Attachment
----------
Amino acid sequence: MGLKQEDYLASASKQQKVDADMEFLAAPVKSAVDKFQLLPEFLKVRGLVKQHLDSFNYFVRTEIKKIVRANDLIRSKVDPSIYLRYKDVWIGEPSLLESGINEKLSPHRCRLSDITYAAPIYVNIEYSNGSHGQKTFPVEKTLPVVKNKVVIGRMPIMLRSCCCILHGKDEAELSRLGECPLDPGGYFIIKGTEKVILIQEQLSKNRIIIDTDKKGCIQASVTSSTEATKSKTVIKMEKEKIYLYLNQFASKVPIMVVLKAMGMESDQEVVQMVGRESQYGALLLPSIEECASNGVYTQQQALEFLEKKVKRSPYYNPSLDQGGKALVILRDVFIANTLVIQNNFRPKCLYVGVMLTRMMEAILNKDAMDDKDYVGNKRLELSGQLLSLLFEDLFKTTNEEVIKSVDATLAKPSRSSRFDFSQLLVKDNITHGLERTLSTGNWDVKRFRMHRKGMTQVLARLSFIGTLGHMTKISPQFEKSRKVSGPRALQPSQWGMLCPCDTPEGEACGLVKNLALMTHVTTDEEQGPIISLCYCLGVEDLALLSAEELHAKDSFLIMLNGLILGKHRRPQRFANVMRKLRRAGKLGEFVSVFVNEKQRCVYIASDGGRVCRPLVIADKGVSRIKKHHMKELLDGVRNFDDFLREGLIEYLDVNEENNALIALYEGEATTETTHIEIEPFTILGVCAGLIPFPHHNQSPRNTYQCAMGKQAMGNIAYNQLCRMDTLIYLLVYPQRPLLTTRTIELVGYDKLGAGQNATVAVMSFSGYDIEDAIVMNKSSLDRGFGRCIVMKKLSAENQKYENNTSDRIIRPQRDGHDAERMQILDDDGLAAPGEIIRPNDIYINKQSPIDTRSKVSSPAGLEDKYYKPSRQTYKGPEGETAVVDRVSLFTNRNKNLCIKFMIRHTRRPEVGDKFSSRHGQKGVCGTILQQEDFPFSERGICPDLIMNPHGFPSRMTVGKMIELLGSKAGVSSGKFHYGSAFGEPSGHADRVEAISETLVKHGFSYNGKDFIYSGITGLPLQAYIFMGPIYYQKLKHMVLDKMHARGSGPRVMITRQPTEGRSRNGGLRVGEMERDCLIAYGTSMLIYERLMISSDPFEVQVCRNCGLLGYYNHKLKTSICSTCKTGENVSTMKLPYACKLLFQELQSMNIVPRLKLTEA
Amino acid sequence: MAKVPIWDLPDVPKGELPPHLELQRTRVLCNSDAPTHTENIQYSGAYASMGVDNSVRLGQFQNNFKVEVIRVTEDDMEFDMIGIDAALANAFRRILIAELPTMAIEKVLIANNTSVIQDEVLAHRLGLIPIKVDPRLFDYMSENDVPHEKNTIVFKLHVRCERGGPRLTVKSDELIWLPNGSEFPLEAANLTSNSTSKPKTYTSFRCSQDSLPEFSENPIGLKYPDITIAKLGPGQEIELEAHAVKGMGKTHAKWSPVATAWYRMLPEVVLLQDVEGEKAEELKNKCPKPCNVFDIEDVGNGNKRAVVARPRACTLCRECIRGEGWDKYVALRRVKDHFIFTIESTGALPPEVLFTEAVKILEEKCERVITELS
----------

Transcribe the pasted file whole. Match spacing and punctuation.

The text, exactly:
Amino acid sequence: MGLKQEDYLASASKQQKVDADMEFLAAPVKSAVDKFQLLPEFLKVRGLVKQHLDSFNYFVRTEIKKIVRANDLIRSKVDPSIYLRYKDVWIGEPSLLESGINEKLSPHRCRLSDITYAAPIYVNIEYSNGSHGQKTFPVEKTLPVVKNKVVIGRMPIMLRSCCCILHGKDEAELSRLGECPLDPGGYFIIKGTEKVILIQEQLSKNRIIIDTDKKGCIQASVTSSTEATKSKTVIKMEKEKIYLYLNQFASKVPIMVVLKAMGMESDQEVVQMVGRESQYGALLLPSIEECASNGVYTQQQALEFLEKKVKRSPYYNPSLDQGGKALVILRDVFIANTLVIQNNFRPKCLYVGVMLTRMMEAILNKDAMDDKDYVGNKRLELSGQLLSLLFEDLFKTTNEEVIKSVDATLAKPSRSSRFDFSQLLVKDNITHGLERTLSTGNWDVKRFRMHRKGMTQVLARLSFIGTLGHMTKISPQFEKSRKVSGPRALQPSQWGMLCPCDTPEGEACGLVKNLALMTHVTTDEEQGPIISLCYCLGVEDLALLSAEELHAKDSFLIMLNGLILGKHRRPQRFANVMRKLRRAGKLGEFVSVFVNEKQRCVYIASDGGRVCRPLVIADKGVSRIKKHHMKELLDGVRNFDDFLREGLIEYLDVNEENNALIALYEGEATTETTHIEIEPFTILGVCAGLIPFPHHNQSPRNTYQCAMGKQAMGNIAYNQLCRMDTLIYLLVYPQRPLLTTRTIELVGYDKLGAGQNATVAVMSFSGYDIEDAIVMNKSSLDRGFGRCIVMKKLSAENQKYENNTSDRIIRPQRDGHDAERMQILDDDGLAAPGEIIRPNDIYINKQSPIDTRSKVSSPAGLEDKYYKPSRQTYKGPEGETAVVDRVSLFTNRNKNLCIKFMIRHTRRPEVGDKFSSRHGQKGVCGTILQQEDFPFSERGICPDLIMNPHGFPSRMTVGKMIELLGSKAGVSSGKFHYGSAFGEPSGHADRVEAISETLVKHGFSYNGKDFIYSGITGLPLQAYIFMGPIYYQKLKHMVLDKMHARGSGPRVMITRQPTEGRSRNGGLRVGEMERDCLIAYGTSMLIYERLMISSDPFEVQVCRNCGLLGYYNHKLKTSICSTCKTGENVSTMKLPYACKLLFQELQSMNIVPRLKLTEA
Amino acid sequence: MAKVPIWDLPDVPKGELPPHLELQRTRVLCNSDAPTHTENIQYSGAYASMGVDNSVRLGQFQNNFKVEVIRVTEDDMEFDMIGIDAALANAFRRILIAELPTMAIEKVLIANNTSVIQDEVLAHRLGLIPIKVDPRLFDYMSENDVPHEKNTIVFKLHVRCERGGPRLTVKSDELIWLPNGSEFPLEAANLTSNSTSKPKTYTSFRCSQDSLPEFSENPIGLKYPDITIAKLGPGQEIELEAHAVKGMGKTHAKWSPVATAWYRMLPEVVLLQDVEGEKAEELKNKCPKPCNVFDIEDVGNGNKRAVVARPRACTLCRECIRGEGWDKYVALRRVKDHFIFTIESTGALPPEVLFTEAVKILEEKCERVITELS